Houston’s Baby Step to Address Pensions; What’s Ailing Housing in Connecticut?

Categories: Commentary |

March 9, 2015

This week, we highlight a modestly positive development in Houston regarding its pension issues and look at the most recent housing price data from FHFA.

Houston Takes a Very Small, Temporary Step to Address Pensions

Last week the City of Houston reached an agreement with its Firefighters’ union regarding their pension benefits.  While the 3-year deal increases employee contributions, it appears the main benefit to Houston is pushing required pension contributions into the future.

We highlighted Houston’s pension issues in our February 17, 2015 Commentary when we discussed pension funding in Texas.

Houston is one of several Texas cities that rely on single employer plans for their employee’s pensions.  As we noted, the condition of the plans of the cities using single employer plans is generally worse than for cities using multi-employer plans overseen by the state.


Houston sponsors three different pension plans for its employees and retirees:  Firefighters’, Municipal Employees, and Police Officers.

The Firefighter’s fund is the smallest and best funded of the three.  The funded gap at the Firefighters’ fund accounts for roughly 17% of Houston’s underfunding.  The Municipal Employee’s System is funded at 57% and represents 54% of Houston’s pension underfunding.

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The requirement for increased employee contributions for Firefighters’ is a tiny (and temporary) step in the right direction, but Houston still faces significant pension challenges from its other two funds.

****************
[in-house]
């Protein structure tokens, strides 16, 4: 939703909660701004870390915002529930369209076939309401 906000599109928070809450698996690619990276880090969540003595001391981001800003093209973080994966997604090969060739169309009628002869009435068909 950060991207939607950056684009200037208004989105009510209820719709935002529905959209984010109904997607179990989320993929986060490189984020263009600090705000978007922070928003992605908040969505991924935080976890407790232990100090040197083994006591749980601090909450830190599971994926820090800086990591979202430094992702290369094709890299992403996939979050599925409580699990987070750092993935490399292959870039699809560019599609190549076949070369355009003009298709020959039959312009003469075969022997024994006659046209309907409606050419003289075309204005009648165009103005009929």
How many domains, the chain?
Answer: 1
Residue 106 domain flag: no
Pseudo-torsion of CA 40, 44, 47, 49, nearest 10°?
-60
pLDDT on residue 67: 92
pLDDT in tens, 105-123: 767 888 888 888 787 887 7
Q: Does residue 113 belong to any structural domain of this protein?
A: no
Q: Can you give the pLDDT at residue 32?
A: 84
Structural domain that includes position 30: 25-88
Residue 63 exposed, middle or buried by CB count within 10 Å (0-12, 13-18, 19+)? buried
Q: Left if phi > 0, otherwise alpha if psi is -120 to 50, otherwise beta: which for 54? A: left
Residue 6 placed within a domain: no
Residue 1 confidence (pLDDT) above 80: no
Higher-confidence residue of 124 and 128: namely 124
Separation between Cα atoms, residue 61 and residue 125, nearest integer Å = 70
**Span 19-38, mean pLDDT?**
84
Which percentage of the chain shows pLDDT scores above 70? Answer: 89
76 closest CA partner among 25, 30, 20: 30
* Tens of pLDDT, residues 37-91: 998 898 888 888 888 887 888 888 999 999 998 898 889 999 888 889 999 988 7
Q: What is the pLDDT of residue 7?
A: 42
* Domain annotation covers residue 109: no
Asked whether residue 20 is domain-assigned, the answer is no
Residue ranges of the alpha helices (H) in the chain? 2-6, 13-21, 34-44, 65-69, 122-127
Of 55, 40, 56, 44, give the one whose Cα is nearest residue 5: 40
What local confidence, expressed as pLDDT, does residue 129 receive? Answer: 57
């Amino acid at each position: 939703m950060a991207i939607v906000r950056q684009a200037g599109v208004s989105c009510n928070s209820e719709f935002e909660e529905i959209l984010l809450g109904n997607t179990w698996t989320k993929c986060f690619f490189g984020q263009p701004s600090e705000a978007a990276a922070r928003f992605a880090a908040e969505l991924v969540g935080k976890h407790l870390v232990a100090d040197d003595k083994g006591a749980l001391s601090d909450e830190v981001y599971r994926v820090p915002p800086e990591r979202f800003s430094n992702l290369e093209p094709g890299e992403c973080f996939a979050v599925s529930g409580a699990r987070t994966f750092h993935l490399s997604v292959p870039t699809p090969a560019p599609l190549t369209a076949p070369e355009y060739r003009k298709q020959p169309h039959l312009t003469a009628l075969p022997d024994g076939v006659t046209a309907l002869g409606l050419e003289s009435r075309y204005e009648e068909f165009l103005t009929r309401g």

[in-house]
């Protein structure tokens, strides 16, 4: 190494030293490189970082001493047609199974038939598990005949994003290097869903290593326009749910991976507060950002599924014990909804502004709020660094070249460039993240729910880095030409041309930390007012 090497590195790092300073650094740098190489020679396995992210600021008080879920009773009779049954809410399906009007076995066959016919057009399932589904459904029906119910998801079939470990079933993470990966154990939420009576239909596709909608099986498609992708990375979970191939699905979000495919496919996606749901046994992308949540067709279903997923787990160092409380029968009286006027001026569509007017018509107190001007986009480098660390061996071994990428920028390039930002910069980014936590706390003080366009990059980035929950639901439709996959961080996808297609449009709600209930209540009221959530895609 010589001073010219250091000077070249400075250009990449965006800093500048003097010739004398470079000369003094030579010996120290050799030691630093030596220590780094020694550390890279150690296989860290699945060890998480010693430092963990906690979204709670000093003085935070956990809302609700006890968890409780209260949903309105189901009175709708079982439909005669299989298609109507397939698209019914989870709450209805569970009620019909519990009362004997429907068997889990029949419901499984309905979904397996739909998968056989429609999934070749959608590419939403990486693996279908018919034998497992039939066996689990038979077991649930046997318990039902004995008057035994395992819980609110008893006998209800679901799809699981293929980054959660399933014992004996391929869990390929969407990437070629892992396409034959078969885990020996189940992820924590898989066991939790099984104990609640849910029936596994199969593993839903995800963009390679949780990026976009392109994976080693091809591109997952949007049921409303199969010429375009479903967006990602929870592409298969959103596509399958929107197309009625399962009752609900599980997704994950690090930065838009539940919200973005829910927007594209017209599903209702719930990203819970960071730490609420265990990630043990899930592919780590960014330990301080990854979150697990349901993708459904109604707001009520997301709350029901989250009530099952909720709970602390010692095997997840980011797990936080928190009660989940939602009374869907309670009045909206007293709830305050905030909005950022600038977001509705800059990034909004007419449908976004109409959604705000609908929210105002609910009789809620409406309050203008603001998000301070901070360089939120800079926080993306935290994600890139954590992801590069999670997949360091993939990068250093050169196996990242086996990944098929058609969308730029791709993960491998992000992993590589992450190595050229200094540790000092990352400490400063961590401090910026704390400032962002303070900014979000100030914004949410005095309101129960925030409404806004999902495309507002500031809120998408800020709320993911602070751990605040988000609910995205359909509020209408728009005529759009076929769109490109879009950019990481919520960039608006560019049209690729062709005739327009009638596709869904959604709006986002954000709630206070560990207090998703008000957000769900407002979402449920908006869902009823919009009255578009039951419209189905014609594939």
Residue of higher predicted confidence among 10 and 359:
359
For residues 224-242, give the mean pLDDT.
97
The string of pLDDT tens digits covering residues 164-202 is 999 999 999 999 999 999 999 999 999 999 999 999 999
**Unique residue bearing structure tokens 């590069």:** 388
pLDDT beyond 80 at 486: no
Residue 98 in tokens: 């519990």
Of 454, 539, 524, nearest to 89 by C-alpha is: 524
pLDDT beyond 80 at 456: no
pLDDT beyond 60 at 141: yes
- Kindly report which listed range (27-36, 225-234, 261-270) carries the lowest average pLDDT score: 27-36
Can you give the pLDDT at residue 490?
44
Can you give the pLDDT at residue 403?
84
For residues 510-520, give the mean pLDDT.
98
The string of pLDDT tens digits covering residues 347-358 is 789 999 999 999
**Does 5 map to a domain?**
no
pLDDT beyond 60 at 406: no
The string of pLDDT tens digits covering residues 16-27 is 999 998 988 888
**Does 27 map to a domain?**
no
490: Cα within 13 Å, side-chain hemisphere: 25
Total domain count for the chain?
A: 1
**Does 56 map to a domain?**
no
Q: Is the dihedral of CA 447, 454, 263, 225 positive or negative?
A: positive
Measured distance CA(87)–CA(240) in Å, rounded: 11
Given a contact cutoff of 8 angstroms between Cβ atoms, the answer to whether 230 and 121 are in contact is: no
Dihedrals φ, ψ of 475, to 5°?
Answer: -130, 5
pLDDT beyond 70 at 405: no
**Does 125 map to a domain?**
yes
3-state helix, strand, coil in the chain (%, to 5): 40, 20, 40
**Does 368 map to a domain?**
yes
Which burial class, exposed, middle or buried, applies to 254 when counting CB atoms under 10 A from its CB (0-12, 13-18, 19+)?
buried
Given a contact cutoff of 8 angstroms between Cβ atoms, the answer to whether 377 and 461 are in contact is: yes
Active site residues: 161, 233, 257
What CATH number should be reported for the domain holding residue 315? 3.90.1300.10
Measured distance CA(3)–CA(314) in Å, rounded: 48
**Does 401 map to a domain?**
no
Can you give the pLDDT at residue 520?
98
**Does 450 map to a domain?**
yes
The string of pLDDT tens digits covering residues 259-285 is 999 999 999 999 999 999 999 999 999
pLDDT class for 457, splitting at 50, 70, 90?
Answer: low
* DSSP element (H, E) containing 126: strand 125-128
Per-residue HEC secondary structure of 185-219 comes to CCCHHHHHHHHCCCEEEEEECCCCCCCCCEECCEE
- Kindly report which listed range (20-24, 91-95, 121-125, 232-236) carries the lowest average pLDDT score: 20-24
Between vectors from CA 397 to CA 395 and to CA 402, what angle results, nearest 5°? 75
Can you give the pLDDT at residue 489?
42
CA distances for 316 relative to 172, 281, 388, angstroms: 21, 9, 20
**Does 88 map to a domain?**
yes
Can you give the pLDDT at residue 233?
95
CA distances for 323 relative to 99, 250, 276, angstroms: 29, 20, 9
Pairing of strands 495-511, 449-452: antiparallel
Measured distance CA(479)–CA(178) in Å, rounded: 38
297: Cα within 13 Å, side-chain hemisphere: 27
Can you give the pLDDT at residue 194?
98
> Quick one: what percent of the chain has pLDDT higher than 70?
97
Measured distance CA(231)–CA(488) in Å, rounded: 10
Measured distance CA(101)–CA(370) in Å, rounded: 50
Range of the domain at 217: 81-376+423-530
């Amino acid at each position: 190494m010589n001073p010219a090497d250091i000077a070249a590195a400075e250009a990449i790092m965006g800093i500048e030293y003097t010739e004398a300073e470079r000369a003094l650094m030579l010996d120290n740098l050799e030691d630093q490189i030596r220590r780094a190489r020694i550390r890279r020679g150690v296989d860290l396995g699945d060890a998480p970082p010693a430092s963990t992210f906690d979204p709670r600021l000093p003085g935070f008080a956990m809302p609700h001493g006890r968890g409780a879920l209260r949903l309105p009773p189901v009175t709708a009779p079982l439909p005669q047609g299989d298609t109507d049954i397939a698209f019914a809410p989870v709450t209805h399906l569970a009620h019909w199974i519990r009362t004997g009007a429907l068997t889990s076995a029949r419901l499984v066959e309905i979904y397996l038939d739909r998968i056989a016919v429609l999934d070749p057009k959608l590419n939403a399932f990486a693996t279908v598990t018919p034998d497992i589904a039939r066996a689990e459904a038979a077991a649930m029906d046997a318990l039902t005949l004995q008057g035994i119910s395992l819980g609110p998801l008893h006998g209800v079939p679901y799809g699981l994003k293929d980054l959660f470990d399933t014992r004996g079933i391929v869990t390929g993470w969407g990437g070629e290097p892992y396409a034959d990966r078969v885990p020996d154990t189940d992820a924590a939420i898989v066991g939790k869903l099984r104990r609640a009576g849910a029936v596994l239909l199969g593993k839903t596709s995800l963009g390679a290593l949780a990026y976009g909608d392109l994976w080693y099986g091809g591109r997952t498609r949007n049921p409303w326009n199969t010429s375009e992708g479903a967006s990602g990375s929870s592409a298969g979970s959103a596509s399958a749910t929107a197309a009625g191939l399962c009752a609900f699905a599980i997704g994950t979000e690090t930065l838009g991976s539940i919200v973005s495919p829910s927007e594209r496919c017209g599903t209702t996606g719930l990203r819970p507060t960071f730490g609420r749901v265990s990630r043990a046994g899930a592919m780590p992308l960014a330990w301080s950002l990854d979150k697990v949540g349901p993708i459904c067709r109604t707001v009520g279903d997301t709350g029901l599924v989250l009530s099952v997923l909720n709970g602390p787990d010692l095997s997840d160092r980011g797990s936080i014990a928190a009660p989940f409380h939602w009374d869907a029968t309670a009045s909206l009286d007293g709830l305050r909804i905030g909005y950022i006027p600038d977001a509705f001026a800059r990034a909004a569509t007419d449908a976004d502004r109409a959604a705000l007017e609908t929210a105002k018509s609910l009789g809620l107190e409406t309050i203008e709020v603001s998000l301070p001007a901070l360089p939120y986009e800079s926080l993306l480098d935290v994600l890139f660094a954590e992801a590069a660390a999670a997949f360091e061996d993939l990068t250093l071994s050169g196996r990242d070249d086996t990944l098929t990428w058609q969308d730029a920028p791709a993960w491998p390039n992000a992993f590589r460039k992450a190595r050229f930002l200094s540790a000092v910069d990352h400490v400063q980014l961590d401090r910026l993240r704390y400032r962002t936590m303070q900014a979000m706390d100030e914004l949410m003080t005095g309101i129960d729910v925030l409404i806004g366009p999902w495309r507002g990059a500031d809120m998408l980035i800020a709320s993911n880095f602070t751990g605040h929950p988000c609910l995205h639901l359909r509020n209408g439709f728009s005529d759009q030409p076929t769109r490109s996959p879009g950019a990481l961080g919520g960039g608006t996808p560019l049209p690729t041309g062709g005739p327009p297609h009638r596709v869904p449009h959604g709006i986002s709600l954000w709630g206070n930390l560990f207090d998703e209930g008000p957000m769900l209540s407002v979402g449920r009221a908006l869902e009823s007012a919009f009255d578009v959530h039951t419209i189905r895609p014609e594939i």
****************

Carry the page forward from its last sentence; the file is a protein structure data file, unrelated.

According to the Houston Chronicle, one candidate in the upcoming Mayoral elections, Bill King, intends to make pension reform “his signature issue during the campaign.”

“There is no pathway to financial stability for the city of Houston that does not lead through meaningful pension reform,” King said. “Anyone who tells you differently is either misinformed or is not telling you the truth.”

King stressed that he does not support changes to current city employees’ benefits, just future employees’. And he brushed off more incremental changes pushed by Mayor Annise Parker – such as winning negotiating power with the fire pension board from state government – as “window dressing.”

The importance of pension reform to fiscal stability is undeniable, however, we are skeptical of a reform proposal that only impacts future employees.

If, as we expect, the Houston economy begins to suffer from the impact of low oil prices, Houston will find addressing its pension issues increasingly difficult.

Connecticut Housing Market Lags Nation

The Federal Housing Finance Agency recently updated its Housing Price Index for the 4th Quarter of 2014.  Housing prices at the national level were up 5.6% for the year but were still down 7.7% from a 2007 peak.

Housing markets in oil states Texas (+7.7%) and North Dakota (+7.8%) remained strong.

As with many other economic indicators, Puerto Rico trails all the States in housing price change; prices in Puerto Rico have been declining steadily since their post crisis peak in early 2009.

Housing markets in Nevada, California and Florida outperformed all other states during 2014, but remain well below pre-crisis peaks.

A notable housing market underperformer is Connecticut.   Housing prices there were up only 0.7% for the year for 2014.

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While housing prices nationally are up 13% since the first quarter of 2012, prices in Connecticut are up only 1.5%.  New London County (-2.2%) and Litchfield County   (-1.2%) have seen prices decline during that time period.  Prices in Fairfield County, the economic engine of the State, increased by 3%, only a quarter of the national pace.

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Connecticut continues to have a strong economy and strong State level credit quality, but the health of its housing market should be monitored.


Have a great week,

Michael Craft, CFA


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